Above, from left: Domenico Cantele, Kym Milne, and Augusto Cantele in 1999.
The story of Cantele founder Giovanni Battista Cantele’s “reverse” post-war immigration has been told many times.
In an era when most southern Italians were heading north to find work in the factories of Milan and Turin, Giovanni Battista headed from Imola in Romagna to Lecce in Puglia. He had traveled there many times to broker the sale of grapes to be sent to the north. And while many of his contemporaries continued to operate in the north, traveling south as necessary, Giovanni Battista set up shop in Lecce where he worked directly with growers whose grapes were used to obtain darker color and higher alcohol levels in the cooler climate of the north, where — in a time before climate change — winemakers struggled to quench the thirst of Italy’s emerging middle class.
The story of Giovanni Battista’s son Augusto has also been told many times: when the family moved south, he stayed in the north. He was a teenager when he began his studies in enology and started to work in wineries in the Veneto where white grapes — not the red of his family’s adoptive Puglia — dominated the viticultural landscape.
Augusto would ultimately return to Puglia and although he was initially reluctant to embrace his parents’ new homeland, he would become one of the region’s greatest advocates and a pioneer in Puglia’s long legacy as one of the great wine growing regions of the world.
In the 1990s, he invited two English-speaking “flying” winemakers, Australian Kym Milne (now a Master of Wine) and Warren Gibson to consult at Cantele.
Above: flying winemakers Warren Gibson (left) and Kym Milne at Cantele, circa 1993.
Last year, I spoke with both Kym and Warren, who seemed thrilled to reminisce about their time with Augusto, whom they both adored.
It’s important to remember that, at the time, the wines of Puglia were still sold primarily in bulk in the north. While many Italians drank Pugliese wines on a regular basis at that time (and mostly from a bag-in-box), it’s more likely than not that they had no idea where the wine came from.
Augusto had a vision for the future of Pugliese wines: long before anyone could imagine the Italian wine renaissance that was about to unfold, he wanted to ship wine in bottle beyond Italy’s borders. And his first target market was the United Kingdom, where there was a great thirst for inexpensive but high-quality white wine.
It’s interesting to note that before the second world war, Bari and Lecce were second only to Alessandria (Piedmont) in their production of Italian wine and that Puglia produced both white and red wines.
After the war, however, red would come to dominate viticulture there as the north struggled to keep up with demand for white wines.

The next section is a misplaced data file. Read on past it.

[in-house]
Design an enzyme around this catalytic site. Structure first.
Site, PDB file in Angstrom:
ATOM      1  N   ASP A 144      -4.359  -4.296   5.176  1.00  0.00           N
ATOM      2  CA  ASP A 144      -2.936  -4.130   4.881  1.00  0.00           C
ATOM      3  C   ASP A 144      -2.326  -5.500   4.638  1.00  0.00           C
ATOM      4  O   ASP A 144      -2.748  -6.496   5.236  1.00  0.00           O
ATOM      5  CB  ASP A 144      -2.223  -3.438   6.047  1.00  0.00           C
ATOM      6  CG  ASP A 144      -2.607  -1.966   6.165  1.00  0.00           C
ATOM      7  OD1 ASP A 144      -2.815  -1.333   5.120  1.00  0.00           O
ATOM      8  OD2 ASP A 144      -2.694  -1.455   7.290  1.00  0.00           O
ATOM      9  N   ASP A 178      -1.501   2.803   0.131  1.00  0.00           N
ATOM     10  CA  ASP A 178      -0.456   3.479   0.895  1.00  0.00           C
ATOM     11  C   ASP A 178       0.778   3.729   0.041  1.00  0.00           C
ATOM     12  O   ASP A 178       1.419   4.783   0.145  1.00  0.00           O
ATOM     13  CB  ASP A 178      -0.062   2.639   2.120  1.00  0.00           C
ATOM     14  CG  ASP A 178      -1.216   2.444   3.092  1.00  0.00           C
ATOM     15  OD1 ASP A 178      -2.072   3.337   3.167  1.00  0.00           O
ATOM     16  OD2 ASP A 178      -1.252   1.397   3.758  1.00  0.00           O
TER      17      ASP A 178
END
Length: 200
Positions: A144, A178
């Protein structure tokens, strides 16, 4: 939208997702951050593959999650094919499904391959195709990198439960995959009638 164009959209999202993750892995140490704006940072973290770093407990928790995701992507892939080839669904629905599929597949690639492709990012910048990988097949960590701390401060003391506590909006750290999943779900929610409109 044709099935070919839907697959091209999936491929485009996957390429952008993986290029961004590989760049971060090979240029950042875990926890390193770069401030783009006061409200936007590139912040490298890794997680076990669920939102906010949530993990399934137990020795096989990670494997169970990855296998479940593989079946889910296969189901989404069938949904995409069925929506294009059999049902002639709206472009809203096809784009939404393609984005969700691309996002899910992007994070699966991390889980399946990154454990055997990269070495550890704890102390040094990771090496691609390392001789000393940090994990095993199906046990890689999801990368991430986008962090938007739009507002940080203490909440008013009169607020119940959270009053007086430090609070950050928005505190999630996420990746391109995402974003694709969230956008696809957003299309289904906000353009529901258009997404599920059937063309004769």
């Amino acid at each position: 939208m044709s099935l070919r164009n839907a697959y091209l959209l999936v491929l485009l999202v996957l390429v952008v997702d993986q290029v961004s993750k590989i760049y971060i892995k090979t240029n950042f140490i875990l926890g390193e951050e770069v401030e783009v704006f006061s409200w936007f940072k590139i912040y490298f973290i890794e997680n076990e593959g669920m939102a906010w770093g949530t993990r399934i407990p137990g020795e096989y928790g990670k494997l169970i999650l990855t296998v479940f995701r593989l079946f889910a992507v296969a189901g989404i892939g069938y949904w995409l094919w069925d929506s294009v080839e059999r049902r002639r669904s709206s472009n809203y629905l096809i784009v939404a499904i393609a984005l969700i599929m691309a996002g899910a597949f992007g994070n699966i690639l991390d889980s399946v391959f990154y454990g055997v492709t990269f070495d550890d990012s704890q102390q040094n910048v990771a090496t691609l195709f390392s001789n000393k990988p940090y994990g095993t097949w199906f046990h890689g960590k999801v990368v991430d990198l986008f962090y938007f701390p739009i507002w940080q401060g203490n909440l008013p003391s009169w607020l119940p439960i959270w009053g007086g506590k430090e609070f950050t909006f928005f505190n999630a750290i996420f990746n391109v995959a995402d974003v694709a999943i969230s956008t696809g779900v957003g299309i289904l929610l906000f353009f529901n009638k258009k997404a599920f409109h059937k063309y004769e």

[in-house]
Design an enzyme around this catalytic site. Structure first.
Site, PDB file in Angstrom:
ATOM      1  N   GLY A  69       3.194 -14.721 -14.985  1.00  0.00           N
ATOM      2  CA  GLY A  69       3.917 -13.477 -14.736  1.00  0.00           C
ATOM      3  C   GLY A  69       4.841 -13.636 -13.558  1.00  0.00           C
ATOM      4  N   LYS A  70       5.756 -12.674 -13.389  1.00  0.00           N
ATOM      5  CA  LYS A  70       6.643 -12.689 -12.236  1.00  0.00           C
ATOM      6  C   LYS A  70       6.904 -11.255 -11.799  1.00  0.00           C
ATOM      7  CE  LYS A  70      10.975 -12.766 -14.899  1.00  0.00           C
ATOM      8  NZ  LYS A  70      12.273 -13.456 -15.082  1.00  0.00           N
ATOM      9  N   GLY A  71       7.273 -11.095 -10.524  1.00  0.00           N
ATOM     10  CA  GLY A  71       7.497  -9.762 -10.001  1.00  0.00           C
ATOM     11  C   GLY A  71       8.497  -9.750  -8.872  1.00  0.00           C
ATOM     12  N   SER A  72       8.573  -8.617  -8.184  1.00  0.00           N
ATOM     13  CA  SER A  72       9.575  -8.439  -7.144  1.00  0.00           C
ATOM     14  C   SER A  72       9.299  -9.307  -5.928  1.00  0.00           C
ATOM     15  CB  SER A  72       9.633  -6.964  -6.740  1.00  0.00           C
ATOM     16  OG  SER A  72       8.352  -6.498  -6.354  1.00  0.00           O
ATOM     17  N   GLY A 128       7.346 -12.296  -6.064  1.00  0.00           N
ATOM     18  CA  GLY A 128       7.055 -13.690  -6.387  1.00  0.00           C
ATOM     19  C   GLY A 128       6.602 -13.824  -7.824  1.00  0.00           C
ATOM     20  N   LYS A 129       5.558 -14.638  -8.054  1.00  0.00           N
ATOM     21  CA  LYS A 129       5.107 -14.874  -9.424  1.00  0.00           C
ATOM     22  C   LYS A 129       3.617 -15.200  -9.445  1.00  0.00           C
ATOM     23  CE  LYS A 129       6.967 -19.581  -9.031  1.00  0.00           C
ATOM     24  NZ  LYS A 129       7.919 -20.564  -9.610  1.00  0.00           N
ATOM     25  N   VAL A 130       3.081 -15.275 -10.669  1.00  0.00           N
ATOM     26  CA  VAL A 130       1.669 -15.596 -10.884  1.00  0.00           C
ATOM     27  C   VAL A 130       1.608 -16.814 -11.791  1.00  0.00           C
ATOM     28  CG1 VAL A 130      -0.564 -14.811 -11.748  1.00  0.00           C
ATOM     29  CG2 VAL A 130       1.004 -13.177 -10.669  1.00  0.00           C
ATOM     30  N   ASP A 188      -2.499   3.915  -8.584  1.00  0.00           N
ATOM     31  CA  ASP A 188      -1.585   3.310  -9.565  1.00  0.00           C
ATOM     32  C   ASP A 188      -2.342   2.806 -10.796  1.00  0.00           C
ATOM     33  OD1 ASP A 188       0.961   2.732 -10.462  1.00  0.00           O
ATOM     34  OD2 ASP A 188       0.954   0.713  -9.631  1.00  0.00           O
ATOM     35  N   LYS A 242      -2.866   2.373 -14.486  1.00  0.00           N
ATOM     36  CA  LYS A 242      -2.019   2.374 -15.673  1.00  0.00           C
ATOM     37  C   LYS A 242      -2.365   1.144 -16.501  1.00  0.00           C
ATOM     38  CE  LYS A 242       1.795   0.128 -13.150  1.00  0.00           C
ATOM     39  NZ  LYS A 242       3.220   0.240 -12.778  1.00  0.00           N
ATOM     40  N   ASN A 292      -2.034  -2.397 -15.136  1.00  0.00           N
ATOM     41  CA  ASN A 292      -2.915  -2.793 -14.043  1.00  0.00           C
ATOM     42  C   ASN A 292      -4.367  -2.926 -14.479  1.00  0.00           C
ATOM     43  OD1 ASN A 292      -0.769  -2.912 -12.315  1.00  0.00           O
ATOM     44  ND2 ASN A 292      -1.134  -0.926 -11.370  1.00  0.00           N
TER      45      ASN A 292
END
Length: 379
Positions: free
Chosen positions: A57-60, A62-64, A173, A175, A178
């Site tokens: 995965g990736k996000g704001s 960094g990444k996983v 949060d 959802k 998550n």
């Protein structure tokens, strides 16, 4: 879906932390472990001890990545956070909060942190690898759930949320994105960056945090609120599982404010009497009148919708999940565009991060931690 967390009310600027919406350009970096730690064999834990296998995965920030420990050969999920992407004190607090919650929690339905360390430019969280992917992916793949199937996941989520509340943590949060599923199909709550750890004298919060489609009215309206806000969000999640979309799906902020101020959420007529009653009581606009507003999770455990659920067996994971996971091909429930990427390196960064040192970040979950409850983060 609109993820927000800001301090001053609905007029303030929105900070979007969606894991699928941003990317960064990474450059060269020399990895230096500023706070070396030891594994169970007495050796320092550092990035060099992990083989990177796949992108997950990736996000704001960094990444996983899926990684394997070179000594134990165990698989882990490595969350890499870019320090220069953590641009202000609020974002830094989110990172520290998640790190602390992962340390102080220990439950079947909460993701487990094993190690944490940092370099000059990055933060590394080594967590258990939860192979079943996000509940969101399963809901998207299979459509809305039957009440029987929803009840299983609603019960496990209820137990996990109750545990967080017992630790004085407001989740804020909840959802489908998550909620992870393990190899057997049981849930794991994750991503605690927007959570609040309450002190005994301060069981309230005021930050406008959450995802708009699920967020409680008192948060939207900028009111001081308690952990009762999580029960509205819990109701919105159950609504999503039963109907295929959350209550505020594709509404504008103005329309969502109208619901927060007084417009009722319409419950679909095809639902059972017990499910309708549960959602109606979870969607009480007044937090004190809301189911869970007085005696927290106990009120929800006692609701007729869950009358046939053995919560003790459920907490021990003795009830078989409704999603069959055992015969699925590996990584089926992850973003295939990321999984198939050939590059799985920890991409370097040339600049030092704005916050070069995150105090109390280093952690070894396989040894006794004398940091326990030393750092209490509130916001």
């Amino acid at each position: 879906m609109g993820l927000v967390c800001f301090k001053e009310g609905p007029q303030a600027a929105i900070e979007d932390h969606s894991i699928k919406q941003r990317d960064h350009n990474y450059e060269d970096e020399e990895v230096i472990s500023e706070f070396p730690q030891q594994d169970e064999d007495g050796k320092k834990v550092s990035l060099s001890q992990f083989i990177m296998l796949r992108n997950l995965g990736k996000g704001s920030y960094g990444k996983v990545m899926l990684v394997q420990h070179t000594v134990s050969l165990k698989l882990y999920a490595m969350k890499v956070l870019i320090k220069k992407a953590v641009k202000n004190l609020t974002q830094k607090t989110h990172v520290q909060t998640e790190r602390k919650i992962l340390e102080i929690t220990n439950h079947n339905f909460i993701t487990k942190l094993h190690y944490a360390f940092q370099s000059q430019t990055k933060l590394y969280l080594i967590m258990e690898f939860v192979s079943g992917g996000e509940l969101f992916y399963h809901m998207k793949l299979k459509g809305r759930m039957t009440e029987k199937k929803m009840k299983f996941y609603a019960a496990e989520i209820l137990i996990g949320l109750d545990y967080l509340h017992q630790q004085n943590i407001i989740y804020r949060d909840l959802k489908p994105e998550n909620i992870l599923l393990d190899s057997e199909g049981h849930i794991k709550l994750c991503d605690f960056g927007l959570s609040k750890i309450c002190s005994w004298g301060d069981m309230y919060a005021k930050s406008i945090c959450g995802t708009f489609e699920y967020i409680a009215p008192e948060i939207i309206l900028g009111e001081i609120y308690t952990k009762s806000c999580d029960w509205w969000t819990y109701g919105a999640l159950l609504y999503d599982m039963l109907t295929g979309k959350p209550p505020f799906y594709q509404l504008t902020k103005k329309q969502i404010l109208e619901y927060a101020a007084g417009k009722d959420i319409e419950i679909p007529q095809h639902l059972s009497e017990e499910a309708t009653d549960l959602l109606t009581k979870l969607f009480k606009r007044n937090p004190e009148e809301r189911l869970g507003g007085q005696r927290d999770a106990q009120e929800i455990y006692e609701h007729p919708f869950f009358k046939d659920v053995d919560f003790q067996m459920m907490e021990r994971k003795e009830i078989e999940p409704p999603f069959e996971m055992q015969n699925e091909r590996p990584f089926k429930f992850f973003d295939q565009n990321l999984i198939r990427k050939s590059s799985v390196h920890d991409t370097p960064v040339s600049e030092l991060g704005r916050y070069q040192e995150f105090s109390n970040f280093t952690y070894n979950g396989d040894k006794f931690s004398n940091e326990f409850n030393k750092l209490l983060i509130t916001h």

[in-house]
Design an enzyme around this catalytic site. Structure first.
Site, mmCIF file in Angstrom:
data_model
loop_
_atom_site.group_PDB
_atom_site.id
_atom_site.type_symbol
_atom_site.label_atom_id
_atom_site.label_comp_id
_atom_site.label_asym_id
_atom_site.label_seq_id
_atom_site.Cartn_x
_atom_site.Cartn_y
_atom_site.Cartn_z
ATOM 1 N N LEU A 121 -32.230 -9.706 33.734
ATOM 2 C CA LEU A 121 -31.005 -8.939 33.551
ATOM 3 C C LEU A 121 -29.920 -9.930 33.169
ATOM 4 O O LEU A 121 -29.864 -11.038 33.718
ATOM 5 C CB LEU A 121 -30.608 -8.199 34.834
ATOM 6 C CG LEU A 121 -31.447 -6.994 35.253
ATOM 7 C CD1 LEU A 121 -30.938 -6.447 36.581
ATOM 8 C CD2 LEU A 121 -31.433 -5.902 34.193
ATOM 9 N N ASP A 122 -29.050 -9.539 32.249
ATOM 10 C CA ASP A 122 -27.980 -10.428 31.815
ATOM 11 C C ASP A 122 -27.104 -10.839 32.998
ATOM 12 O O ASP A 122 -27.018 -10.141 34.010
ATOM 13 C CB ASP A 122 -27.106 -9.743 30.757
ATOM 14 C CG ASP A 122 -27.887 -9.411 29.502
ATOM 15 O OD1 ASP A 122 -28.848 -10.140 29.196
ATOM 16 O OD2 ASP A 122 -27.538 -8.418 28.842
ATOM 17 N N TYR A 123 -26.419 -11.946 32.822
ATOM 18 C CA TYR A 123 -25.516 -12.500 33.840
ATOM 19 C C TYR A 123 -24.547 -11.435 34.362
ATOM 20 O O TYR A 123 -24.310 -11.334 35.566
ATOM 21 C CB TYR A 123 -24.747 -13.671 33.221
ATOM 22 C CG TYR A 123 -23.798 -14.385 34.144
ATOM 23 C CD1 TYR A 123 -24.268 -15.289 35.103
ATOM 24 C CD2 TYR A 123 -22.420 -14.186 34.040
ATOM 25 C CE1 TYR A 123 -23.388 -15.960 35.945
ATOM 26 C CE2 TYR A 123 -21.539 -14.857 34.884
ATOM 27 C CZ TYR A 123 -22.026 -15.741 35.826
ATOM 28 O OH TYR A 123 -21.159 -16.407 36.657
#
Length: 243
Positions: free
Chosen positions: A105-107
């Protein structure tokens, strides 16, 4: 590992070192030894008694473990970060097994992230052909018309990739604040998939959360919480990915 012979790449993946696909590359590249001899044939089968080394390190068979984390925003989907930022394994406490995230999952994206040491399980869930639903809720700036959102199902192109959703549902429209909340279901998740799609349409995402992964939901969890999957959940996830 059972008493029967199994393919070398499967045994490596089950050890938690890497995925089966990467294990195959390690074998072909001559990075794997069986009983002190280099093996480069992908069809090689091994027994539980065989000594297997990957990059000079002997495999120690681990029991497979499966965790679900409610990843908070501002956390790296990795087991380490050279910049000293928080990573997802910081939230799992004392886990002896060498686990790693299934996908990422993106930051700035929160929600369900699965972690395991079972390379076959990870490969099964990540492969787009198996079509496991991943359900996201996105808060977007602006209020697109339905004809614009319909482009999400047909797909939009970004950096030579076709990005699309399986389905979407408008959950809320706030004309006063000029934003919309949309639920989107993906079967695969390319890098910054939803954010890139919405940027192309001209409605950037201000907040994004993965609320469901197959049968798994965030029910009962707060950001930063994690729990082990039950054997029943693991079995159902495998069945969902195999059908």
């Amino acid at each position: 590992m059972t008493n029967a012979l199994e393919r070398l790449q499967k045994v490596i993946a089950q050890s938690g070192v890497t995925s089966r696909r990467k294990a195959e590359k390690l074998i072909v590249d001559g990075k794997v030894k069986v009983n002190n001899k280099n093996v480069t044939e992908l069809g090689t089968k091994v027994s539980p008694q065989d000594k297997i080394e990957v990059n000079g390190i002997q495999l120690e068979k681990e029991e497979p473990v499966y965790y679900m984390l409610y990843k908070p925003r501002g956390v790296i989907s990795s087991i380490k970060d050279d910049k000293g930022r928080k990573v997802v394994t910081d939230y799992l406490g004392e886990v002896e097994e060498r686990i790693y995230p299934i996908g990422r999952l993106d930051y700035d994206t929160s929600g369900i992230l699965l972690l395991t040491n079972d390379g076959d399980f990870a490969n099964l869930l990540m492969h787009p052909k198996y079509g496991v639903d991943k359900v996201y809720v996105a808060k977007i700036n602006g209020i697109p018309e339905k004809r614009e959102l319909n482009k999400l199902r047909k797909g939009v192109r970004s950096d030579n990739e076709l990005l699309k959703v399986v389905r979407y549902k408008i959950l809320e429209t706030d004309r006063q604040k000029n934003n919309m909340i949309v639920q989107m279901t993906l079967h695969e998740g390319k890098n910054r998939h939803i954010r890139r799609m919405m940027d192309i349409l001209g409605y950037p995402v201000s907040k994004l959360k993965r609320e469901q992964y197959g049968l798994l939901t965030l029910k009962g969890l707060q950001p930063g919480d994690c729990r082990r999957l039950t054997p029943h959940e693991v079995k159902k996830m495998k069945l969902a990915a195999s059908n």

Augusto’s father surely had memories of Puglia’s past “white” glory. And that fact must have been present in Augusto’s mind when he studied white winemaking in the north as a youngster.
Echoing something you often hear people say about great winemakers like Bartolo Mascarello and Bruno Giacosa, Warren talked to me about Augusto’s intimate knowledge of Puglia’s grape growing landscape. As a broker, his father knew and was courted by the region’s best growers. And Augusto was keenly aware of who grew what, how well, and how old the vines were, said Warren in our chat.
“He was just so passionate about Puglia and its grapes and wines,” said Kym. “And he didn’t want to make ‘Californian’ wine. He wanted to make Pugliese wine.”
Together the three worked with growers and helped to reshape vineyard management practices there.
Ripeness was an issue: growers tended to pick their white grapes too late, said Kym, and it only took a few vintages for them to achieve the acidity levels they need for the wines that Augusto envisioned.
They brought new French casks to the winery and began fermenting in barrique. They experimented with cultured yeasts.
Together, they created a new benchmark for the production of white wine in Puglia and their UK campaign, literally transformed the potential for Pugliese winemaking overnight.
“He was very quiet by nature and very thoughtful,” remembers Kym fondly. “He liked to have a good laugh and he was incredibly generous. He never let me pay for a meal. He was a very ‘positive sort’ of character.”
“He had a sympathetic relationship with the growers,” said Warren, “and he had a great understanding of the region and the grape varieties.”
It was an exciting time when “many of the grapes were still bush-trained. Many of the growers didn’t consider old vine material as precious but Augusto helped to change that.”
Above: Warren Gibson (left) visited the Cantele winery last year. That’s Gianni Cantele, Augusto’s son (center), and Warren’s wife Lorraine Leheny, also a winemaker.
Warren and Kym still stay in close touch with the Cantele family and both of them told me that their time with Augusto was one of the greatest experiences in their careers as winemakers.
(Kym told me that he remembers the very young Paolo and his fondness for air guitar, a first indication of Paolo’s passion for hard rock.)
Little did they know that their work together would become the new model for Pugliese winemaking as we know it today.
Sadly, Augusto prematurely left this world for a better one. But I can tell you from personal experience, that winemakers and grape growers from Puglia to Campania remember him as one of the greats of his generation, a man who reshaped the region’s destiny as a producer of fine wines.
His legacy lives on through his children and his brother Domenico’s children. In an Italian wine world where the impact of corporate culture has come to dominate taste, theirs is still a true family affair.